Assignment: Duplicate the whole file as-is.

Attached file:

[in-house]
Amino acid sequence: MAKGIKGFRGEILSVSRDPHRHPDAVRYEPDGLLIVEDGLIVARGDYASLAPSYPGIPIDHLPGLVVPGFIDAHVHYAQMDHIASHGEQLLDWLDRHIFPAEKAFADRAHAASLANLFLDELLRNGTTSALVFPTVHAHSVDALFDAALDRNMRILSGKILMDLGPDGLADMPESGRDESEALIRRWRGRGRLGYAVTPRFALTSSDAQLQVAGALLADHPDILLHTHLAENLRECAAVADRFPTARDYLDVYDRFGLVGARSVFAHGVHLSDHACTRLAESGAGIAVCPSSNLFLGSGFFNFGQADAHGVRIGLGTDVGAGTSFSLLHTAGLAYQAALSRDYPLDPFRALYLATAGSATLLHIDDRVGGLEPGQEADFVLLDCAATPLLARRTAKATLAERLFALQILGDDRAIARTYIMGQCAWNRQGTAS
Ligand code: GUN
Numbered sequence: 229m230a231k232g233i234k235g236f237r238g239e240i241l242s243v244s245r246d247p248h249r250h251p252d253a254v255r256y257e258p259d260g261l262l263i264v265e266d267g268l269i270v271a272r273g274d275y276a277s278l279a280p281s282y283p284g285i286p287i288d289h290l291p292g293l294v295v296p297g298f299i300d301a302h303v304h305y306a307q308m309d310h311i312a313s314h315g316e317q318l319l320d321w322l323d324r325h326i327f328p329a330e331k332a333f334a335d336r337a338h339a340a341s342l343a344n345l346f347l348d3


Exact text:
[in-house]
Amino acid sequence: MAKGIKGFRGEILSVSRDPHRHPDAVRYEPDGLLIVEDGLIVARGDYASLAPSYPGIPIDHLPGLVVPGFIDAHVHYAQMDHIASHGEQLLDWLDRHIFPAEKAFADRAHAASLANLFLDELLRNGTTSALVFPTVHAHSVDALFDAALDRNMRILSGKILMDLGPDGLADMPESGRDESEALIRRWRGRGRLGYAVTPRFALTSSDAQLQVAGALLADHPDILLHTHLAENLRECAAVADRFPTARDYLDVYDRFGLVGARSVFAHGVHLSDHACTRLAESGAGIAVCPSSNLFLGSGFFNFGQADAHGVRIGLGTDVGAGTSFSLLHTAGLAYQAALSRDYPLDPFRALYLATAGSATLLHIDDRVGGLEPGQEADFVLLDCAATPLLARRTAKATLAERLFALQILGDDRAIARTYIMGQCAWNRQGTAS
Ligand code: GUN
Numbered sequence: 229m230a231k232g233i234k235g236f237r238g239e240i241l242s243v244s245r246d247p248h249r250h251p252d253a254v255r256y257e258p259d260g261l262l263i264v265e266d267g268l269i270v271a272r273g274d275y276a277s278l279a280p281s282y283p284g285i286p287i288d289h290l291p292g293l294v295v296p297g298f299i300d301a302h303v304h305y306a307q308m309d310h311i312a313s314h315g316e317q318l319l320d321w322l323d324r325h326i327f328p329a330e331k332a333f334a335d336r337a338h339a340a341s342l343a344n345l346f347l348d3